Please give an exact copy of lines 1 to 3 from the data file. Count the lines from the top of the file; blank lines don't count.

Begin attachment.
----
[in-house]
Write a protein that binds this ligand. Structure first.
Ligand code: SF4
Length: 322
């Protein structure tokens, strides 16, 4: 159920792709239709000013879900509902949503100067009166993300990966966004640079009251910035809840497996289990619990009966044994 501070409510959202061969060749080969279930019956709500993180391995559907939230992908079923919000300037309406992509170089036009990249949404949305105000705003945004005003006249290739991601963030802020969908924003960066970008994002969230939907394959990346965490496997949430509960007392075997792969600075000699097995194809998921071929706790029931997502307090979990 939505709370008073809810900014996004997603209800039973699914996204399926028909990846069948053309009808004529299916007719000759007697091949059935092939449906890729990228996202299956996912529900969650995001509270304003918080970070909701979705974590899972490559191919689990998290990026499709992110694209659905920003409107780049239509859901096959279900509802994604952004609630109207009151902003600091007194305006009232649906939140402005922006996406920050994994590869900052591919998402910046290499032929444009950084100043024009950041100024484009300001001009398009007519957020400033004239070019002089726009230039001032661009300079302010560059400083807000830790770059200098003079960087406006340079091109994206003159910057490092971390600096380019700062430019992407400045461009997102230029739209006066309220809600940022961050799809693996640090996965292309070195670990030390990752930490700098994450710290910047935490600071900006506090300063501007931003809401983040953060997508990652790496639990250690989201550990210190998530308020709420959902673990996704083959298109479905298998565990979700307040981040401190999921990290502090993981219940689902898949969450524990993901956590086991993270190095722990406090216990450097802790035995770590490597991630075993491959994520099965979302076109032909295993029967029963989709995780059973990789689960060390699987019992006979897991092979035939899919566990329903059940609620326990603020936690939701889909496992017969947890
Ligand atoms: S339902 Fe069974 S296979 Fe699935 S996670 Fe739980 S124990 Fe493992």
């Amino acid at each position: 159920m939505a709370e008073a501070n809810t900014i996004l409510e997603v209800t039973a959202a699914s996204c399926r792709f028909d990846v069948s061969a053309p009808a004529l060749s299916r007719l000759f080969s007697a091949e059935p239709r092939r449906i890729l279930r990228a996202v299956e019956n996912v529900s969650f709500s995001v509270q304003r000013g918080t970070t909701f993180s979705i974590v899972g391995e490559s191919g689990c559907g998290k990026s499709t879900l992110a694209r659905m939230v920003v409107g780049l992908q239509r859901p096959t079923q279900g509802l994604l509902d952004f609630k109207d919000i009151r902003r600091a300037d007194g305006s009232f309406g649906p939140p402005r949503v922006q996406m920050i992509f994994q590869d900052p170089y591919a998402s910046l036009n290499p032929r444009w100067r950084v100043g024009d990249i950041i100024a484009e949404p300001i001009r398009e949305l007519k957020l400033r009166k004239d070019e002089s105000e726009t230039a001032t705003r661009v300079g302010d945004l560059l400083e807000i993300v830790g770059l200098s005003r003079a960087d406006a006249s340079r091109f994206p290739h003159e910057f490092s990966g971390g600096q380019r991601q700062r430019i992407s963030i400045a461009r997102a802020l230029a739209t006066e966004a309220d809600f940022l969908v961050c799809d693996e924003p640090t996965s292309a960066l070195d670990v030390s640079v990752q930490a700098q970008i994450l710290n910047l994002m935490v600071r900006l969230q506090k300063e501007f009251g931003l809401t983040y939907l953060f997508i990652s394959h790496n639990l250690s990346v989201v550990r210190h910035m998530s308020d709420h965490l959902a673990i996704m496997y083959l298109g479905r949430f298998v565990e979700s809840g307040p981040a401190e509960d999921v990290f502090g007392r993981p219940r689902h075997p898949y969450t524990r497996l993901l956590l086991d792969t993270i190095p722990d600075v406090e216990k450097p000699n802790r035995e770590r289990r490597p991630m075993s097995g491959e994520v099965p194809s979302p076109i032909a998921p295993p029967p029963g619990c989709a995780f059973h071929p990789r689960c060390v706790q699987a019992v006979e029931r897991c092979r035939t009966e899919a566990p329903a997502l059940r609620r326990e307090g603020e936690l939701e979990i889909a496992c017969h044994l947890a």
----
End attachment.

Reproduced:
[in-house]
Write a protein that binds this ligand. Structure first.
Ligand code: SF4